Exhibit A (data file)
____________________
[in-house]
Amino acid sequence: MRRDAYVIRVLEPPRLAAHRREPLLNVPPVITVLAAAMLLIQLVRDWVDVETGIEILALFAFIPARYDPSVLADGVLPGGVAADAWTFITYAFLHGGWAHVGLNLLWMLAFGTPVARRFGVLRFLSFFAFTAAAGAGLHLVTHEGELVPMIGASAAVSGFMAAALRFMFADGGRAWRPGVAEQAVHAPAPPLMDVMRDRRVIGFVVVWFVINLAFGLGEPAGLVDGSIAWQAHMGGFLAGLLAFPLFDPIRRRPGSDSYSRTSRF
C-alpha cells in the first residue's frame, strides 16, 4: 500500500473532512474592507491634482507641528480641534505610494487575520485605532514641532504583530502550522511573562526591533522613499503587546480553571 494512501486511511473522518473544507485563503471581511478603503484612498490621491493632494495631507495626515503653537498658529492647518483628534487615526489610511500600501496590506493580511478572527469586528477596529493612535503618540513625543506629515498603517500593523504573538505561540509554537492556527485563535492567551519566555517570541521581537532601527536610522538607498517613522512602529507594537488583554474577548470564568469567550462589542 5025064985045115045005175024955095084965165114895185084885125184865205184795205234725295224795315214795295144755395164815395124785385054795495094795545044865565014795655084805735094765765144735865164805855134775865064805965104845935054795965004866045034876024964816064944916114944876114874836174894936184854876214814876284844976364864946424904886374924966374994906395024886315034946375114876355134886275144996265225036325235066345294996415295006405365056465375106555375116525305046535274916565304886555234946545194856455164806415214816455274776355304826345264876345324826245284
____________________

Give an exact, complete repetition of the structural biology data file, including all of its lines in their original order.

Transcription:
[in-house]
Amino acid sequence: MRRDAYVIRVLEPPRLAAHRREPLLNVPPVITVLAAAMLLIQLVRDWVDVETGIEILALFAFIPARYDPSVLADGVLPGGVAADAWTFITYAFLHGGWAHVGLNLLWMLAFGTPVARRFGVLRFLSFFAFTAAAGAGLHLVTHEGELVPMIGASAAVSGFMAAALRFMFADGGRAWRPGVAEQAVHAPAPPLMDVMRDRRVIGFVVVWFVINLAFGLGEPAGLVDGSIAWQAHMGGFLAGLLAFPLFDPIRRRPGSDSYSRTSRF
C-alpha cells in the first residue's frame, strides 16, 4: 500500500473532512474592507491634482507641528480641534505610494487575520485605532514641532504583530502550522511573562526591533522613499503587546480553571 494512501486511511473522518473544507485563503471581511478603503484612498490621491493632494495631507495626515503653537498658529492647518483628534487615526489610511500600501496590506493580511478572527469586528477596529493612535503618540513625543506629515498603517500593523504573538505561540509554537492556527485563535492567551519566555517570541521581537532601527536610522538607498517613522512602529507594537488583554474577548470564568469567550462589542 5025064985045115045005175024955095084965165114895185084885125184865205184795205234725295224795315214795295144755395164815395124785385054795495094795545044865565014795655084805735094765765144735865164805855134775865064805965104845935054795965004866045034876024964816064944916114944876114874836174894936184854876214814876284844976364864946424904886374924966374994906395024886315034946375114876355134886275144996265225036325235066345294996415295006405365056465375106555375116525305046535274916565304886555234946545194856455164806415214816455274776355304826345264876345324826245284